From November 17, 1947, to December 23, 1947, John Bardeen and Walter Brattain at AT&T’s Bell Labs in Murray Hill, New Jersey, performed experiments and observed that when two gold point contacts were applied to a crystal of germanium, a signal was produced with the output power greater than the input. Solid State Physics Group leader William Shockley saw the potential in this, and over the next few months worked to greatly expand the knowledge of semiconductors. The term transistor was coined by John R. Pierce as a contraction of the term transresistance. According to Lillian Hoddeson and Vicki Daitch, authors of a biography of John Bardeen, Shockley had proposed that Bell Labs’ first patent for a transistor should be based on the field-effect and that he be named as the inventor.

Having unearthed Lilienfeld’s patents that went into obscurity years earlier, lawyers at Bell Labs advised against Shockley’s proposal because the idea of a field-effect transistor that used an electric field as a “grid” was not new. Instead, what Bardeen, Brattain, and Shockley invented in 1947 was the first point-contact transistor. In acknowledgement of this accomplishment, Shockley, Bardeen, and Brattain were jointly awarded the 1956 Nobel Prize in Physics “for their researches on semiconductors and their discovery of the transistor effect” (per Wikipedia).

First, a Story:

What did the electrical engineer say when he got shocked?  That hertz.

Second, a Song:

Connie Smith (born Constance June Meador; August 14, 1941) is an American country music singer. Her contralto vocals have been described by music writers as significant and influential to the women of country music. A similarity has been noted between her vocal style and the stylings of country vocalist Patsy Cline. Other performers have cited Smith as influence on their own singing styles, which has been reflected in quotes and interviews over the years.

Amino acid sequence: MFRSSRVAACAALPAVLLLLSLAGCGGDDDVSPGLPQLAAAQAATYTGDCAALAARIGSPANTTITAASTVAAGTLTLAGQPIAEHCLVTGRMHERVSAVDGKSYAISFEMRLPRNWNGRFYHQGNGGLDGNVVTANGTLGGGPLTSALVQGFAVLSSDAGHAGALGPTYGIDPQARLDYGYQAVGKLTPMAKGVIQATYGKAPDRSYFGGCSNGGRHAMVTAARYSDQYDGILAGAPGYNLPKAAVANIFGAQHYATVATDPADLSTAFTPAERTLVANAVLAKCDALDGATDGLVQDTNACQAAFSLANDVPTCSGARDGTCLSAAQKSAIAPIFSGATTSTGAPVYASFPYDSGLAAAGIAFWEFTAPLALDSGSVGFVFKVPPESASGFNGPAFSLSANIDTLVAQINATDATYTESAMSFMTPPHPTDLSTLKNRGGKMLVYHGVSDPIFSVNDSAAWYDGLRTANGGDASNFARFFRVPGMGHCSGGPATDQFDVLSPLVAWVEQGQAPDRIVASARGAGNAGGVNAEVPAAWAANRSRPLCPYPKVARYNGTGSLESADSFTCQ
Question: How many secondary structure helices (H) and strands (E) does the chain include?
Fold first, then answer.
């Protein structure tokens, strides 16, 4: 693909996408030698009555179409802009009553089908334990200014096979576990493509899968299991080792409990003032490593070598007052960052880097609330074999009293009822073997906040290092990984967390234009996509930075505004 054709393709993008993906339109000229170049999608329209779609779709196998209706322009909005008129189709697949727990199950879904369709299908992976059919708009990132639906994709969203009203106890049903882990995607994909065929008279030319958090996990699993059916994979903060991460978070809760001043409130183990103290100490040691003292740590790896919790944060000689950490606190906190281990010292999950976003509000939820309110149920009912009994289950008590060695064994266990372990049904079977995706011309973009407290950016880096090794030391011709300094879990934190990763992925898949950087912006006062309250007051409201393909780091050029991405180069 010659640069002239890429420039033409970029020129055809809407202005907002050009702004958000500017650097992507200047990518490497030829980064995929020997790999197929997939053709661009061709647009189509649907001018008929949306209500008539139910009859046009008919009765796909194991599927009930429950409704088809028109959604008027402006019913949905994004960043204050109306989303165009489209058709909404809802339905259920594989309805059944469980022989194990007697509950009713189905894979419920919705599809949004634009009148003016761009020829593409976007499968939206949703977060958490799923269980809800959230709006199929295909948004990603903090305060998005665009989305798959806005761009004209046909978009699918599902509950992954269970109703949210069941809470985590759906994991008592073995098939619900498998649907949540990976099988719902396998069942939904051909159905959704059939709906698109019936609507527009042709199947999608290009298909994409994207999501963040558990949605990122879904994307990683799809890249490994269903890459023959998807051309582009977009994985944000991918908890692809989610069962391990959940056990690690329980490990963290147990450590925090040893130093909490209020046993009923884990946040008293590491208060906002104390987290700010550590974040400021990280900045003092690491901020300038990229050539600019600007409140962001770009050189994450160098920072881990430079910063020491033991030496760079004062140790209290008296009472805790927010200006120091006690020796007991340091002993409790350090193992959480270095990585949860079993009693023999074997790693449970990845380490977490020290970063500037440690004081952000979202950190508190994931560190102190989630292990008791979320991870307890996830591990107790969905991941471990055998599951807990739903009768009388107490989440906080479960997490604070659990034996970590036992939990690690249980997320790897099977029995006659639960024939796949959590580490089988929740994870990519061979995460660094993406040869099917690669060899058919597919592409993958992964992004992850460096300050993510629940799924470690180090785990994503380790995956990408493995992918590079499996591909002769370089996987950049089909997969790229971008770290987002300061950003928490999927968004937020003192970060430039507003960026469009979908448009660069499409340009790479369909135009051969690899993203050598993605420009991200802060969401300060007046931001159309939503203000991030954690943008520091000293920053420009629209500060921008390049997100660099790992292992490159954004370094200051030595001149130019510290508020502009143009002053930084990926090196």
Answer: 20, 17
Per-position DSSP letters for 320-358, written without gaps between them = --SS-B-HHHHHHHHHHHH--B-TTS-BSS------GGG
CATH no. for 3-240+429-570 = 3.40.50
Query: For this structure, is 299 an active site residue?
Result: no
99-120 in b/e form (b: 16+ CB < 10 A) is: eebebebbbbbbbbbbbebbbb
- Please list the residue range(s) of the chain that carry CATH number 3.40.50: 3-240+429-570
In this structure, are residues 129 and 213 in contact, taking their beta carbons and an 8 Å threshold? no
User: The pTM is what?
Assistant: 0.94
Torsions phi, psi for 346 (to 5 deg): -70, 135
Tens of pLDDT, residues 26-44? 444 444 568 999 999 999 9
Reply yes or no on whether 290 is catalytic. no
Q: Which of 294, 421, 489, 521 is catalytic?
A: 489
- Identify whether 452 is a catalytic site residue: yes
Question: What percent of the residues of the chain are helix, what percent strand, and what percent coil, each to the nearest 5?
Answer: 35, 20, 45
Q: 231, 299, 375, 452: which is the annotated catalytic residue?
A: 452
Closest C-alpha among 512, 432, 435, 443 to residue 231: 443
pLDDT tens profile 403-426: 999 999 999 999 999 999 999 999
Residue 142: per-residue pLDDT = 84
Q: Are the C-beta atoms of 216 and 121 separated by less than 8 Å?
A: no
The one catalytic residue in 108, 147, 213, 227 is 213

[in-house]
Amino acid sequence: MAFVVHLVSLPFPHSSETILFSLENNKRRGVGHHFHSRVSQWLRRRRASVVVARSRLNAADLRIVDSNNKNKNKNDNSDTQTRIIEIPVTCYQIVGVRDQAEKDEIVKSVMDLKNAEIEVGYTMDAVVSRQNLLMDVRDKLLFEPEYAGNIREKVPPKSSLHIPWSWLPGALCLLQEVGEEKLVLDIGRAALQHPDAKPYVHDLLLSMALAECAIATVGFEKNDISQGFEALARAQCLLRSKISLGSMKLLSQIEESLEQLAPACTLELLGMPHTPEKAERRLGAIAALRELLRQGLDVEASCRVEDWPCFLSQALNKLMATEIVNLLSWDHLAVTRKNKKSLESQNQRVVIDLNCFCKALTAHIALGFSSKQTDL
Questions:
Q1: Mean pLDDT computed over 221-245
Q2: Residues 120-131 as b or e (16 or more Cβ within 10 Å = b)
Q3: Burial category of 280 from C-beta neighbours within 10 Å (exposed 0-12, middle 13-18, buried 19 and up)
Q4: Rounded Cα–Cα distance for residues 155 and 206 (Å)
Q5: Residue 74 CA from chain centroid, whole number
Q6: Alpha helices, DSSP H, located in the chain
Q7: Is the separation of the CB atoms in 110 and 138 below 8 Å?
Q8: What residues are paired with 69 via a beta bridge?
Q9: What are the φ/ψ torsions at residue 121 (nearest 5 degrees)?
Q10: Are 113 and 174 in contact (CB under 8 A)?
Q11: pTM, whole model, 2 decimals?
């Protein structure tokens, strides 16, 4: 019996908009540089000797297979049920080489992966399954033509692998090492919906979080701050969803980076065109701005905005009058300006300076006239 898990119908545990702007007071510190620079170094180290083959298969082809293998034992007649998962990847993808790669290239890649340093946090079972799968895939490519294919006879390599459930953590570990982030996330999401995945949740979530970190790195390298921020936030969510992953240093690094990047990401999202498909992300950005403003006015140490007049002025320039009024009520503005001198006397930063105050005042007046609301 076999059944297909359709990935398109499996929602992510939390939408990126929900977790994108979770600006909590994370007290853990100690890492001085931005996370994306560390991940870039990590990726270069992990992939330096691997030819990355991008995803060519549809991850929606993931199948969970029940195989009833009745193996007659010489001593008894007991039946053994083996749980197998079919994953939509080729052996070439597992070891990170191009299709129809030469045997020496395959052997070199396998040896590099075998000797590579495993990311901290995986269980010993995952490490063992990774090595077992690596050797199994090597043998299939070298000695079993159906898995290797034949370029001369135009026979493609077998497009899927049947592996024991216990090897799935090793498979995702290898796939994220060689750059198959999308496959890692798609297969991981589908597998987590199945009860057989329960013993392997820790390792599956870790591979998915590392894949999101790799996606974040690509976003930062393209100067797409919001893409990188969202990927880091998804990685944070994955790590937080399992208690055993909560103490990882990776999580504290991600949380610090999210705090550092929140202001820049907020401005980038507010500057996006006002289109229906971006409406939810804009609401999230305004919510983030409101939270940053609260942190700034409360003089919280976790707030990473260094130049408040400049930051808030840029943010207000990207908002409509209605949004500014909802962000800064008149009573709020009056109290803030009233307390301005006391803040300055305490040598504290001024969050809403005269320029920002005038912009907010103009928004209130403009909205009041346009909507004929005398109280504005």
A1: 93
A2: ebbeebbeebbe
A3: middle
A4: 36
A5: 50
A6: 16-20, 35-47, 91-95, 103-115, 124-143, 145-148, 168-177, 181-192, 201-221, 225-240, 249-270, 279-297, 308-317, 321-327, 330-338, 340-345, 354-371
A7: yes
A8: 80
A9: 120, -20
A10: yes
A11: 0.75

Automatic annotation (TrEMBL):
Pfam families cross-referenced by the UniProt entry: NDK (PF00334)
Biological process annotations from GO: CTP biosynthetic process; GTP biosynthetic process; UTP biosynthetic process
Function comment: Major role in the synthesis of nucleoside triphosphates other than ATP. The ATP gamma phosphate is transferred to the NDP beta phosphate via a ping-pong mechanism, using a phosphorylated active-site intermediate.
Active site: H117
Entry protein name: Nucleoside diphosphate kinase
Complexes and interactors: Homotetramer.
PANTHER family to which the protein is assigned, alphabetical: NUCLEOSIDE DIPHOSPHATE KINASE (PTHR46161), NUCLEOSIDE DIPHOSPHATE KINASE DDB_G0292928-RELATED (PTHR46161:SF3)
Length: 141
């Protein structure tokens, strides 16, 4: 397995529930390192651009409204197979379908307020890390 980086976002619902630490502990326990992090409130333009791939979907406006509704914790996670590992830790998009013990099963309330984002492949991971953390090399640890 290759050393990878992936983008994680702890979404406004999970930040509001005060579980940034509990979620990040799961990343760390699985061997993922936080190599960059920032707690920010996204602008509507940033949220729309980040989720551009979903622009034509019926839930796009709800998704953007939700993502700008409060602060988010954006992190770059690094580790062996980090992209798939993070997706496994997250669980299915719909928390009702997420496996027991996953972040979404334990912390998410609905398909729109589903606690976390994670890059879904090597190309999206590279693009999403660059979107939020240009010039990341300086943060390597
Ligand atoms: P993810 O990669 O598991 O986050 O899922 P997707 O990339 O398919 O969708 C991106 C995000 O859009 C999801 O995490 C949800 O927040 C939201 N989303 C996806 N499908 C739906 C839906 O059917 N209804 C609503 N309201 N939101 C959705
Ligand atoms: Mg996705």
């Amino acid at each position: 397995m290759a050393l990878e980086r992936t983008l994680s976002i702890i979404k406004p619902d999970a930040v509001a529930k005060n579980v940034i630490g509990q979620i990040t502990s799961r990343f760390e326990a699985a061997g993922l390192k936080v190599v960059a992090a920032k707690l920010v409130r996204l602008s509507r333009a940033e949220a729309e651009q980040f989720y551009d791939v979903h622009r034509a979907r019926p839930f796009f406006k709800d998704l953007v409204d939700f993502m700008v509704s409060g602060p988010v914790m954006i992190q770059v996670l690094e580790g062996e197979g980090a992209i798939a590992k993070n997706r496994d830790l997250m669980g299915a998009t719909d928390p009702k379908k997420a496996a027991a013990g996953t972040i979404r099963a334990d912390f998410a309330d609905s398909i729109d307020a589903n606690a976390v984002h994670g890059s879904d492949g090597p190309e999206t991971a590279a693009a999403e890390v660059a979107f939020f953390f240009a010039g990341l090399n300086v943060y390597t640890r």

Discovered in 1963, Smith signed with RCA Victor Records the following year and remained with the label until 1973. Her debut single “Once a Day” reached number one on the Billboard Hot Country Songs chart in November 1964 and remained at the top position for eight weeks. The song became Smith’s biggest hit and was nominated at the Grammy Awards for Best Female Country Vocal Performance. Smith’s success continued through 1960s and mid 1970s with 19 more top-ten hits (including “Then and Only Then”; “Ain’t Had No Lovin'”; “Cincinnati, Ohio”; “I Never Once Stopped Loving You”; and “Ain’t Love a Good Thing”) on the country songs chart.

Smith has been nominated for 11 Grammy Awards, including eight nominations for Best Female Country Vocal Performance. She has also been nominated for 1 Academy of Country Music award and 3 Country Music Association awards. Rolling Stone included her on their list of the 100 greatest country music artists and CMT ranked her among the top ten in their list of the 40 greatest women of country music. She has been a member of the Grand Ole Opry cast since 1965. In 2012, Smith was inducted into the Country Music Hall of Fame.

Connie recorded “Then and Only Then” as a single in 1965. That single included “Tiny Blue Transistor Radio,” on the  B-side,  which reached a peak of #25 on Hot Country Songs chart (per Wikipedia). 

Here is Connie Smith performing “Tiny Blue Transistor Radio” – I hope you enjoy this!


Thought for the Day:

“My first transistor radio was the heart of my gadget love today. It fit in my hand and brought me a world of music 24 / 7.” – Steve Wozniak

Have a great day!

© 2020 David J. Bilinsky and Colleen E. Bilinsky